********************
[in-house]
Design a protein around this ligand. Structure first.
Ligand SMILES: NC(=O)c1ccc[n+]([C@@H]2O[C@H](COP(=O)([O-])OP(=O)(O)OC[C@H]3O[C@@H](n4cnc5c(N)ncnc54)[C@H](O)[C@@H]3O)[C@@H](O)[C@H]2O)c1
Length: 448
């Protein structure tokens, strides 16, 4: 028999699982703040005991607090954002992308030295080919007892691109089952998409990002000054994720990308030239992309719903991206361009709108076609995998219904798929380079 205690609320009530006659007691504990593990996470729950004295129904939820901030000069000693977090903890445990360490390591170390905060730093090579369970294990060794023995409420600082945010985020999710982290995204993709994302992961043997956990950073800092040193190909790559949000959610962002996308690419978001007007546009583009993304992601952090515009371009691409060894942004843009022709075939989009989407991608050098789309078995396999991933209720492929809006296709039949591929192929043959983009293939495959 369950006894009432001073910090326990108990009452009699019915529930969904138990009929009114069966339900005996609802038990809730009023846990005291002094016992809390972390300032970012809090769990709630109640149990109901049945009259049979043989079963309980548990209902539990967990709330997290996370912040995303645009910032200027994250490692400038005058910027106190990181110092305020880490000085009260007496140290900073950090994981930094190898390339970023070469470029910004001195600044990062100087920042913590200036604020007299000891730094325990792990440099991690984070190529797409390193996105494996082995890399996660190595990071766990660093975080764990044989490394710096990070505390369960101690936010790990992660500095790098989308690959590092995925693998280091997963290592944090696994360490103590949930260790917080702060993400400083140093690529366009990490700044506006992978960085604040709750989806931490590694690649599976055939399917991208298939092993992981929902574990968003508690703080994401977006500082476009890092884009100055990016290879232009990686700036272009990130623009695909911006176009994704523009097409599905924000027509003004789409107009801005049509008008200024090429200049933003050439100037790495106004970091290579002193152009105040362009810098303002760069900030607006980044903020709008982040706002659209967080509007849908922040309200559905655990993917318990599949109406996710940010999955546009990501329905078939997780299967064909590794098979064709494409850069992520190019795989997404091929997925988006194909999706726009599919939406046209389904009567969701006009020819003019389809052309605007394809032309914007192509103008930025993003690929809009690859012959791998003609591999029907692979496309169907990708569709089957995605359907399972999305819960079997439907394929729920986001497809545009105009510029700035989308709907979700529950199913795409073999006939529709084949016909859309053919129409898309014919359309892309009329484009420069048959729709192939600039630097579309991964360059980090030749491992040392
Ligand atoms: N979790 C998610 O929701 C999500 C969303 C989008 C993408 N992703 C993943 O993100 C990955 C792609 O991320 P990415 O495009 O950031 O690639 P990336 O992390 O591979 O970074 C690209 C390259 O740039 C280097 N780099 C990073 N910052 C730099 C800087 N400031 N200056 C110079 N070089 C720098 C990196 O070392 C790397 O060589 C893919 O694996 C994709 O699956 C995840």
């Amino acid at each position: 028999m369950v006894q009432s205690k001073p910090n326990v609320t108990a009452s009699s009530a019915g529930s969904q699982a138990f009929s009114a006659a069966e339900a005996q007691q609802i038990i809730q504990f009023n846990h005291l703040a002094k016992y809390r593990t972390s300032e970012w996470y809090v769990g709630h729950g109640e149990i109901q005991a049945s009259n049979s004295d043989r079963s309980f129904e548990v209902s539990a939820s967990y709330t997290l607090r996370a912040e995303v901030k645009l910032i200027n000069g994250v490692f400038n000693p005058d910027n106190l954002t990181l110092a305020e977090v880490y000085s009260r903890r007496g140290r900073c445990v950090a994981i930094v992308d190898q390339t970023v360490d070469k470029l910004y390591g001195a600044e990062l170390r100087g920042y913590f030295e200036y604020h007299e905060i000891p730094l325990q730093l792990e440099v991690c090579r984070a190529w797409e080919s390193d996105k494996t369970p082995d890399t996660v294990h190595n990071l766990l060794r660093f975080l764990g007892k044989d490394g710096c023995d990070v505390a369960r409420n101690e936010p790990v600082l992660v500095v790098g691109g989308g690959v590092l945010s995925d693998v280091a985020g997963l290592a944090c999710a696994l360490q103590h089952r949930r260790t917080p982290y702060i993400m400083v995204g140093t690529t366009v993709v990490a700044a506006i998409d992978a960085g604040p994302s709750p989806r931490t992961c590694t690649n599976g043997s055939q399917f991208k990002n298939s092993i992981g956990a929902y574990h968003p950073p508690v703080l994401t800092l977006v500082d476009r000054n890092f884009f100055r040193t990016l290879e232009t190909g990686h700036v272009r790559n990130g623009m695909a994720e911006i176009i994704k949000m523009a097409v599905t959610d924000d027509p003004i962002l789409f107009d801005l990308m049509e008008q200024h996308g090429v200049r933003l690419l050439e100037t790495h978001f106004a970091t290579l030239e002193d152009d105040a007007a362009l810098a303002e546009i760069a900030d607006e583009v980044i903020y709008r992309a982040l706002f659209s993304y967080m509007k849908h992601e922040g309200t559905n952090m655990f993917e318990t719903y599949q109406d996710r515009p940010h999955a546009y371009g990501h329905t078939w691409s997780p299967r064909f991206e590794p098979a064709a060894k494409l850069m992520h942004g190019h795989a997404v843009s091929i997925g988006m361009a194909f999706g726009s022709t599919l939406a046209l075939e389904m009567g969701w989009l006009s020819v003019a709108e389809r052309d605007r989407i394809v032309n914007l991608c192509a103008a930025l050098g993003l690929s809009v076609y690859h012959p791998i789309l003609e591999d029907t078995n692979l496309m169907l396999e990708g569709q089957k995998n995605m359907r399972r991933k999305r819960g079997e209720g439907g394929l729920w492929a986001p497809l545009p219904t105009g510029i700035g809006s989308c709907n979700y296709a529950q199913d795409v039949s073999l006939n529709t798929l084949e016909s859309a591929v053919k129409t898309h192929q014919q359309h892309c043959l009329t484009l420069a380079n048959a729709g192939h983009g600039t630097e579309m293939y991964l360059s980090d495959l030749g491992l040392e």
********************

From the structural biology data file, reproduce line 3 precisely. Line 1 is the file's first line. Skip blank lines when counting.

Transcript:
Ligand SMILES: NC(=O)c1ccc[n+]([C@@H]2O[C@H](COP(=O)([O-])OP(=O)(O)OC[C@H]3O[C@@H](n4cnc5c(N)ncnc54)[C@H](O)[C@@H]3O)[C@@H](O)[C@H]2O)c1